Etymythology of posh, P. O. S. H.

victor steinbok aardvark66 at GMAIL.COM
Mon Sep 12 02:58:32 UTC 2011

Here's a citation of one of the dialectal "glossaries" (1877) that
identifies "posh" with "money". This does not offer any etymology, but it
does suggest a longer route than previously mentioned.
Glossary of Words Used in Holderness in the East-Riding of Yorkshire. 1877
[second half of GB volume]
p. 109

As is usually the case with these glossaries, a lot of dialectal features
they identify to a particular location is actually broader and may occur in
other dictionaries.

Here's another (1865) that places "posh" among "not less than one hundred
and thirty slang terms" for money in England.
Harper's New Monthly Magazine. 1865
Thieves' Jargon. p. 605/2

> Money, in its various shapes, is known by not less than one hundred and thirty
> slang terms in England. Specie is called *beans *or *blunt*--to
> distinguish it from *stiff, *and *rags, *which mean banknotes; *brads,
> brass, bustle, coppers, clank, clinkers, chips, corks, dibbs, dinarIy,
> dimmock, dust, feathers, gent *(silver--from argent), *haddock *(a purse
> of money), *horse nails, loaver, lour *(the oldest cant term for money), *mopusses,
> needful, nobbings *(money collected in a hat by street-performers), *ochre
> *(gold), *pewter, palm-oil, **posh, **Queen's pictures, quids, ready, *or
> *ready gilt, redge *(gold), *rhino, rowdy, shiners *(sovereigns), *skin *(a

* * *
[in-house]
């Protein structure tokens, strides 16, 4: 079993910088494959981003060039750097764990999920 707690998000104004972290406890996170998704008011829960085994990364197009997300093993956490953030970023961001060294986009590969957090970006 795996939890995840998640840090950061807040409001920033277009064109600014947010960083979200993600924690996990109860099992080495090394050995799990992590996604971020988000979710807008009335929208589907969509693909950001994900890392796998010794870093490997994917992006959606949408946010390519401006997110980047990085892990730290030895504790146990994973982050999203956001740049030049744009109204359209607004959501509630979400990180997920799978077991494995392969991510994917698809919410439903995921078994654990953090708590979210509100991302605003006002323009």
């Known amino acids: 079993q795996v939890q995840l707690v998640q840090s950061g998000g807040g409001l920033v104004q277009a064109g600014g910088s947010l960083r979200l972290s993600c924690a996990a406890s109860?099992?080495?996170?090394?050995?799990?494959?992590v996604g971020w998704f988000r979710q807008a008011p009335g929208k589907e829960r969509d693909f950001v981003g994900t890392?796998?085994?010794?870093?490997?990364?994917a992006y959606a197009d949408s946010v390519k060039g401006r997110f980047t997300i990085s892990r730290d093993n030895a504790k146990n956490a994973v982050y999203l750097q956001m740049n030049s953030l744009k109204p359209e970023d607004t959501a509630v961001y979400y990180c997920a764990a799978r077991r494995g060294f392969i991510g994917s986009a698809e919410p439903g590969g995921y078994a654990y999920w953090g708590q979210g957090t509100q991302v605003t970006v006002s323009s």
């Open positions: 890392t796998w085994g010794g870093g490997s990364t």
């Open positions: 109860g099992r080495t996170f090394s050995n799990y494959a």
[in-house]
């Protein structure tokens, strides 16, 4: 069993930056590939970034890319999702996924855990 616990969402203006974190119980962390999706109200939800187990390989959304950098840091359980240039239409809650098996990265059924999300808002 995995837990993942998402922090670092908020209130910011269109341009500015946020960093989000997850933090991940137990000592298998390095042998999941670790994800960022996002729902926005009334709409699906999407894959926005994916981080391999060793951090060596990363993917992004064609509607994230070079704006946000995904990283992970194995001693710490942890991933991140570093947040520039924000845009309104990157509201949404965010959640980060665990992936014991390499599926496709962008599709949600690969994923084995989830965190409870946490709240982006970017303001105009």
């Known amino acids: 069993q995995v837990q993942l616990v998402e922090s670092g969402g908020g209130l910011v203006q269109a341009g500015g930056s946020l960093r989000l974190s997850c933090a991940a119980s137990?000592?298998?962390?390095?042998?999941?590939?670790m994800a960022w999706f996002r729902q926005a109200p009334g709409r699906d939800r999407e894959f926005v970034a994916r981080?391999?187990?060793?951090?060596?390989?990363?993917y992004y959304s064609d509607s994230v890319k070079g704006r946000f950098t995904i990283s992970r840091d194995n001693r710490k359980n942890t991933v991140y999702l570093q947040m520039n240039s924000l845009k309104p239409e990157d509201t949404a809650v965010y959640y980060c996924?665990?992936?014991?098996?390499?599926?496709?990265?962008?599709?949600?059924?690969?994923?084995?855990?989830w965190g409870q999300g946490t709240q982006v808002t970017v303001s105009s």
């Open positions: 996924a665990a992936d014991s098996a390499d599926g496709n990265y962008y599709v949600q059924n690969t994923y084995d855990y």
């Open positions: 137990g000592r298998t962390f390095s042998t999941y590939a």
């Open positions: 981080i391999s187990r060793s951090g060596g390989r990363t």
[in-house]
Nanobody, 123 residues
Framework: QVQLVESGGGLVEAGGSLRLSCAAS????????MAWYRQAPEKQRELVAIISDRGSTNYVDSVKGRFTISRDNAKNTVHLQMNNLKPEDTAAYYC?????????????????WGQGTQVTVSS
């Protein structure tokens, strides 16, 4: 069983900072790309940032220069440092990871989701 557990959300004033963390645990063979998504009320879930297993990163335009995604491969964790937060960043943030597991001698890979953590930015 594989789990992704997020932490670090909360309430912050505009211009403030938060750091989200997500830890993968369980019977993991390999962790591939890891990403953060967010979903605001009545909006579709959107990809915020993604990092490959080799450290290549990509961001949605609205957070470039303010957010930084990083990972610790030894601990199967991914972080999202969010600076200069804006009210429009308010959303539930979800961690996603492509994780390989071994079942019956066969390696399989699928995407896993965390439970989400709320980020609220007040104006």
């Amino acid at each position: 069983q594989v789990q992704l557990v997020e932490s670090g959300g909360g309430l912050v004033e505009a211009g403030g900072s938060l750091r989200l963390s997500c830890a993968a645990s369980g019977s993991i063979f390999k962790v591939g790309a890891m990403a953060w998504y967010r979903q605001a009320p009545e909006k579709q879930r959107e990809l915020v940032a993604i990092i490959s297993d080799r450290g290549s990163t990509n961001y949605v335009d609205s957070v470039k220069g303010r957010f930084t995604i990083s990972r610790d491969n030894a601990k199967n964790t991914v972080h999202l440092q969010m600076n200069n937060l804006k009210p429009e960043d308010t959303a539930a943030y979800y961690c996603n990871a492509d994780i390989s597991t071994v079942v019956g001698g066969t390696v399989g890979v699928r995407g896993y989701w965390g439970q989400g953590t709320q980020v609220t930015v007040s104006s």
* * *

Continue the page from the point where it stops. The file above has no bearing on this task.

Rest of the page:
> purse of money), *stiff *(paper, or bill of acceptance), *stuff, stumpy,
> tin *(silver), *wedge *(silver), and *yellow boys *(sovereigns). So
> attentive is slang speech to financial matters, that there are  seven terms
> for bad, or " bogus" coin. Bogus, by-the-way, is American slang. *A case *is
> a counterfeit five-shilling piece; *half a case *represents half that sum
> ; *grays *are half-pence made double for gambling purposes; *queer-soft *is
> counterfeit or lead coin; *schofel *refers to coated or spurious coin; *sheen
> *is bad money of any description; and *sinkers *bears the same and not
> inappropriate meaning. *Flying the kite, *or obtaining money on bills and promissory
> notes, is closely connected with the allegorical expression of *raising
> the wind. *In winter or in summer any elderly gentleman who may have
> prospered in life is pronounced *warm; *while an equivalent is immediately
> at hand in the phrase, "his pockets are well *lined*."* *


On Sun, Sep 11, 2011 at 9:51 PM, Laurence Horn <laurence.horn at>wrote:

> ...
> > Maher goes on to derive the adjective _posh_ from this _posh(ed)_,
> > i.e.., ultimately from _polish_."
> >
> With any direct evidence of "polish" used as an adjective, or anyone
> connecting "posh" with "polish"?  Is "poshed" as in "poshed types/digs" ever
> attested?  Does even "polished digs" occur in print?   If not, it sounds
> suspiciously like an alternate etymythology.  The variant-of-"push" and
> Romany stories sound more plausible to me, if I had to guess.
> LH

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